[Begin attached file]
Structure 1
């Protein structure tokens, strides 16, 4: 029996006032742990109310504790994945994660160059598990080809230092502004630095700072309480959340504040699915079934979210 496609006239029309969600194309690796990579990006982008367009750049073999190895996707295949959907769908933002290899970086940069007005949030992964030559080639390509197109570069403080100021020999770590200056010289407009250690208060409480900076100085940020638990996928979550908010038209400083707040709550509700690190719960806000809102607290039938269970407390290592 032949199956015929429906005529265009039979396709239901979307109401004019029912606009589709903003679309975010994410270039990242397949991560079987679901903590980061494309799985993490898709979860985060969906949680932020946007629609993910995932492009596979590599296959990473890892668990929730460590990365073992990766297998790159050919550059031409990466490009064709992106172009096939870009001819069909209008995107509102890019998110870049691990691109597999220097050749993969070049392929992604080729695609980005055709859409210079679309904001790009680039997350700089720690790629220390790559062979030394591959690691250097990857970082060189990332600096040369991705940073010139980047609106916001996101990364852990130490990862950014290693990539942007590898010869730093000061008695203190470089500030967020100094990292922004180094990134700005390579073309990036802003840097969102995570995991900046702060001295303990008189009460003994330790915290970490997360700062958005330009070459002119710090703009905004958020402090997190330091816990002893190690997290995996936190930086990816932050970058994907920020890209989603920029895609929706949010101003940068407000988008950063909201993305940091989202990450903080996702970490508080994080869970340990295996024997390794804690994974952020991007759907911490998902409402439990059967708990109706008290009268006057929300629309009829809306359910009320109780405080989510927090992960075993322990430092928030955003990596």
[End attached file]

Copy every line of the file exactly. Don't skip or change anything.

Structure 1
């Protein structure tokens, strides 16, 4: 029996006032742990109310504790994945994660160059598990080809230092502004630095700072309480959340504040699915079934979210 496609006239029309969600194309690796990579990006982008367009750049073999190895996707295949959907769908933002290899970086940069007005949030992964030559080639390509197109570069403080100021020999770590200056010289407009250690208060409480900076100085940020638990996928979550908010038209400083707040709550509700690190719960806000809102607290039938269970407390290592 032949199956015929429906005529265009039979396709239901979307109401004019029912606009589709903003679309975010994410270039990242397949991560079987679901903590980061494309799985993490898709979860985060969906949680932020946007629609993910995932492009596979590599296959990473890892668990929730460590990365073992990766297998790159050919550059031409990466490009064709992106172009096939870009001819069909209008995107509102890019998110870049691990691109597999220097050749993969070049392929992604080729695609980005055709859409210079679309904001790009680039997350700089720690790629220390790559062979030394591959690691250097990857970082060189990332600096040369991705940073010139980047609106916001996101990364852990130490990862950014290693990539942007590898010869730093000061008695203190470089500030967020100094990292922004180094990134700005390579073309990036802003840097969102995570995991900046702060001295303990008189009460003994330790915290970490997360700062958005330009070459002119710090703009905004958020402090997190330091816990002893190690997290995996936190930086990816932050970058994907920020890209989603920029895609929706949010101003940068407000988008950063909201993305940091989202990450903080996702970490508080994080869970340990295996024997390794804690994974952020991007759907911490998902409402439990059967708990109706008290009268006057929300629309009829809306359910009320109780405080989510927090992960075993322990430092928030955003990596």